“A sexy, pint-sized delivery system for gorgeous wireless sound.”
- Clear, smooth, articulate sound
- Excellent stereo imaging
- Simple setup
- Versatile, reliable streaming
- Gorgeous piano gloss cabinets
- No physical remote
- Play-Fi app can’t change inputs
Let’s get this out of the way upfront: SVS’ slick new pair of wireless speakers, the Prime Wireless, don’t come with a physical remote, and it’s kind of weird.
That’s especially true given the modern state of speakers. Audiophile setups meant for leather-chair listening sessions with tumbler in hand are increasingly making way for soundbars and speakers that work with your TV remote or, at the other end of things, monolithic, multiroom smart speakers. But then, SVS has always been more interested in crafting top-tier sound at mid-tier prices (and making really epic subwoofers) than keeping up with trends.
Call the Prime Wireless a concession of sorts, but on SVS’ own terms. With multiple inputs, onboard physical controls, and Play-Fi’s app-based streaming and control system, these glossy black boxes can accommodate TV sound, and even join a multiroom audio setup. But first and foremost, they’re designed for old-fashioned musical bliss — and in that role they excel.
Pulling the Prime Wireless from their foam-packed boxes is strikingly familiar for anyone familiar with the traditional Prime Speakers, which is among our favorite speaker systems ever created when it comes to sheer performance for your dollars. The Prime Wireless don’t break any molds here — they’re essentially just the Prime satellite speakers, elevated from the base to make room for electronic guts and onboard amplification.
The piano-gloss cabinets are even sexier and more luxurious in person.
If you’ve never seen the Prime in the flesh, however, here are two things to know: First, the Prime family’s front-tapered cabinets offer just enough flair to stand apart from the mob of faceless black boxes, and second, the thick lacquer of the piano-gloss cabinets is even sexier and more luxurious in person. The speakers are elevated at the base, presumably for their amplification and circuitry, while the right speaker boasts a display panel and dual control knobs.
The fabric grills arrive attached and that’s probably for the best — looking under the hood reveals more science than art, which is also why we don’t mind that the grills attach with pegs rather than magnets. Included in the minimalist, remote-less package are just two cables (one for power and one to connect the speakers in stereo), sticky pads, and instruction materials.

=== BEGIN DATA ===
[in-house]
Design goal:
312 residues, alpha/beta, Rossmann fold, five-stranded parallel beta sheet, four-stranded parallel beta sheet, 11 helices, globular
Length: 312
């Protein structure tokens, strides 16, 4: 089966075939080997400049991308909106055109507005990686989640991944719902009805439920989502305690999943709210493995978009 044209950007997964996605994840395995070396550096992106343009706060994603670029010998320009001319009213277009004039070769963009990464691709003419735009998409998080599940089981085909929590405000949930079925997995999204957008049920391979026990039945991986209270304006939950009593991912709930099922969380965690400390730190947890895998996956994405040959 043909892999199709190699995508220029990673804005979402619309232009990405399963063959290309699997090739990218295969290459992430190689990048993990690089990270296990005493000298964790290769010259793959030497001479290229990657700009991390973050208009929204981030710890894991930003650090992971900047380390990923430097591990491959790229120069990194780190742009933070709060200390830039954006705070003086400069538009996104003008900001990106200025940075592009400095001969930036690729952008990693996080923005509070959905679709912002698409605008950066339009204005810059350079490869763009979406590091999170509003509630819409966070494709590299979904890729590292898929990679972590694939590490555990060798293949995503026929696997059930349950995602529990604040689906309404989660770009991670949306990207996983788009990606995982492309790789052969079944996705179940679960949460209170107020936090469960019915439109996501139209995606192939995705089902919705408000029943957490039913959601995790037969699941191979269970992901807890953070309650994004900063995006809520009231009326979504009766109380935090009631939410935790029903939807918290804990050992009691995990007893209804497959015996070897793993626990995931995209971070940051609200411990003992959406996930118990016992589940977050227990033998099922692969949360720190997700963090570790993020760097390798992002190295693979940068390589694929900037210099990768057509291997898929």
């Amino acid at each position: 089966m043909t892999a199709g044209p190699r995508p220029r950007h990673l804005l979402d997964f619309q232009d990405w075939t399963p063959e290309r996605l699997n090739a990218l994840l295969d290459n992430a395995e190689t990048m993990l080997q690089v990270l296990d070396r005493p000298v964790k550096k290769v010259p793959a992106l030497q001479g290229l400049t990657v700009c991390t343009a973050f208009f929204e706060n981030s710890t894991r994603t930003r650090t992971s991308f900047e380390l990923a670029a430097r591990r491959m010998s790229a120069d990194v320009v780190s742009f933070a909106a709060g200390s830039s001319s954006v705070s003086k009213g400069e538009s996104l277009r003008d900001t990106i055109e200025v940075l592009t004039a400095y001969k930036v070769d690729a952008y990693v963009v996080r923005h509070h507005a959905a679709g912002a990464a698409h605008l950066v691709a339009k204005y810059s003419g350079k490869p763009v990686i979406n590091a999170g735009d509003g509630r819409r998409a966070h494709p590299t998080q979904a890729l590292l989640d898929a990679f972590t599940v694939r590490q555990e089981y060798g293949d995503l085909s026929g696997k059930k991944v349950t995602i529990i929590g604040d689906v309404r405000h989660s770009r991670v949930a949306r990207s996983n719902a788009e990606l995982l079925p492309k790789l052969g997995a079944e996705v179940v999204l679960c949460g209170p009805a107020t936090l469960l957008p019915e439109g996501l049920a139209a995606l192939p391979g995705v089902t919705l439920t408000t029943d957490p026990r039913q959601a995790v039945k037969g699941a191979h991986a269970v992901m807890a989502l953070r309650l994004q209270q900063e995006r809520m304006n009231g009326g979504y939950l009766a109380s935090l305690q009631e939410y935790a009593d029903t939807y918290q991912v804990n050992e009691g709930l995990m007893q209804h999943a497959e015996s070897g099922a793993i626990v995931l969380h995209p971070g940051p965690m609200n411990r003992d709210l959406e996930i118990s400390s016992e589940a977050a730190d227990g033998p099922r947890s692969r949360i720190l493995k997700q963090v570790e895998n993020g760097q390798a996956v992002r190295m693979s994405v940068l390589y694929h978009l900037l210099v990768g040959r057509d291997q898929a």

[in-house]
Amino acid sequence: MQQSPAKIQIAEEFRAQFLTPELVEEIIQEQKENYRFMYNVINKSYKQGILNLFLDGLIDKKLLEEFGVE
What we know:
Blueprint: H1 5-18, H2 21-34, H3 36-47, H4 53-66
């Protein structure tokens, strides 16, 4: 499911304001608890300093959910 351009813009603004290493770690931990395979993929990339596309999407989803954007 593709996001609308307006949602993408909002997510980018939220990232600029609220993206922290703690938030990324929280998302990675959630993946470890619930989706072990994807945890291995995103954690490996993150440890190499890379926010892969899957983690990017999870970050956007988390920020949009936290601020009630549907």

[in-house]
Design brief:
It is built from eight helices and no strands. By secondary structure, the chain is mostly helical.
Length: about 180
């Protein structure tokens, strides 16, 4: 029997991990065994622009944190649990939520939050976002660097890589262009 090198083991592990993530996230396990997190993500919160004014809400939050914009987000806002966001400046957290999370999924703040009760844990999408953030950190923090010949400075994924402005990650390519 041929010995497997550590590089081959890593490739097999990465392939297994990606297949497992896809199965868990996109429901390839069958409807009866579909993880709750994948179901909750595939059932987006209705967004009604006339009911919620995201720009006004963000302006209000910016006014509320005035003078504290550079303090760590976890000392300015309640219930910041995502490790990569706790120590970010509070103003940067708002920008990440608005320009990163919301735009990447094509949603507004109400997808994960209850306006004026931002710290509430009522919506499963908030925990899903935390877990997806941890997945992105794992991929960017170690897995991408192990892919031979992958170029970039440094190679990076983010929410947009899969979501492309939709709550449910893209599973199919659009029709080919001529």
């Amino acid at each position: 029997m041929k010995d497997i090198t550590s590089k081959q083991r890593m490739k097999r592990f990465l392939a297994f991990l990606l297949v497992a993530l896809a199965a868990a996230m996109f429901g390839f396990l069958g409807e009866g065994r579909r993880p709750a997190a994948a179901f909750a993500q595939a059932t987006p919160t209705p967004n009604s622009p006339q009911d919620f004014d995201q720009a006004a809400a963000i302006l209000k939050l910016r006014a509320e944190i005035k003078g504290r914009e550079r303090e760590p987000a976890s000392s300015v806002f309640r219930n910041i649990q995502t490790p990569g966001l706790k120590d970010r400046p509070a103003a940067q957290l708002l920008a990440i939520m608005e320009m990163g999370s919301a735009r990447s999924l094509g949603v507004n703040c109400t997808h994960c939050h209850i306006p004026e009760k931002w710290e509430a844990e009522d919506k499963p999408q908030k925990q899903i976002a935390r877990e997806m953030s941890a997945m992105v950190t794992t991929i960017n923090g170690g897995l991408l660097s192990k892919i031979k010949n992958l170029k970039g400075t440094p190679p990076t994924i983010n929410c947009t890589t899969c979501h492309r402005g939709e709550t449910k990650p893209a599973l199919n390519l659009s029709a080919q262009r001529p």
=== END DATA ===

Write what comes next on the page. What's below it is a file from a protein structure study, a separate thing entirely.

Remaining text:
As mentioned, there’s only one power cable here, as the Prime Wireless utilize a single connection cable to send audio and power the left speaker. After plugging in the right-side master and connecting said cable, the speakers should be ready to pair automatically.
Those familiar with Play-Fi — and the many pitfalls of its early days — might fear pairing is a chore, but the Prime Wireless are surprisingly intuitive there. Simply download the Play-Fi app and follow the instructions to connect to your Wi-Fi network. Android users need only enter their Wi-Fi password, though iOS users will need to complete a couple of extra steps. We connected to the speakers twice, including to our notoriously precarious office Wi-Fi, encountering zero issues. Thank you, Play-Fi first adopters.
The speakers go into Bluetooth pairing automatically, requiring only that you turn the left control knob to the Bluetooth input, but Wi-Fi is by far the preferred streaming method for quality.
As mentioned, the Prime Wireless are simply beautiful in their shiny black simplicity. As an adaptation of Prime’s satellite speakers, they’re smaller than one might think based on their pictures, sitting just 10-inches tall, 6-inches wide, and 7-inches deep. Each speaker weighs just under 9 pounds. We were slightly disappointed that, unlike the passive satellites, the Prime Wireless aren’t yet available in the Lennon-white lacquer, but SVS recently reached out to tell us that the white Prime Wireless speakers are indeed on the way.
Under each grill rests the Prime series’ lovely 1-inch aluminum dome tweeter, matched by a polypropylene 4.5-inch woofer with an aluminum shorting ring designed to create less distortion and enhance higher frequencies. Each driver receives a claimed 50 watts for a total of 200 watts of Class D amplification. Just as importantly, the crossover between tweeter and driver is digitally controlled to align the frequencies for supreme clarity and accuracy.
At the back of the right speaker are inputs aplenty, including analog ports in both 3.5mm and RCA, a digital Optical input, Ethernet in and out connection (Wi-Fi worked fine for us), and an output for adding a subwoofer, which is well worth consideration for hip-hop fans. The speakers offer a claimed frequency response of 52Hz-22kHz, but as one might expect, they don’t exactly excel at delivering low bass.
As mentioned, a pair of digital knobs on the right speaker’s front face serve as onboard controls; The right knob controls volume and play/pause with a spin or press respectively, while the left knob scrolls through the inputs, as well as allowing for the creation of six presets to program your favorite streaming service, internet radio station, or even playlists through the Play-Fi app. We’ve never had much use for such presets, but hey, they’re there if you do.
Interestingly, there’s no power button anywhere on board. An SVS rep told us this is by design, so the speakers are always ready to stream, and indeed, it’s very quick and easy to go from silence to streaming. We’re also told the speakers comply with “all low power Energy Star requirements for products of their type,” though it does feel a little odd not to turn them off.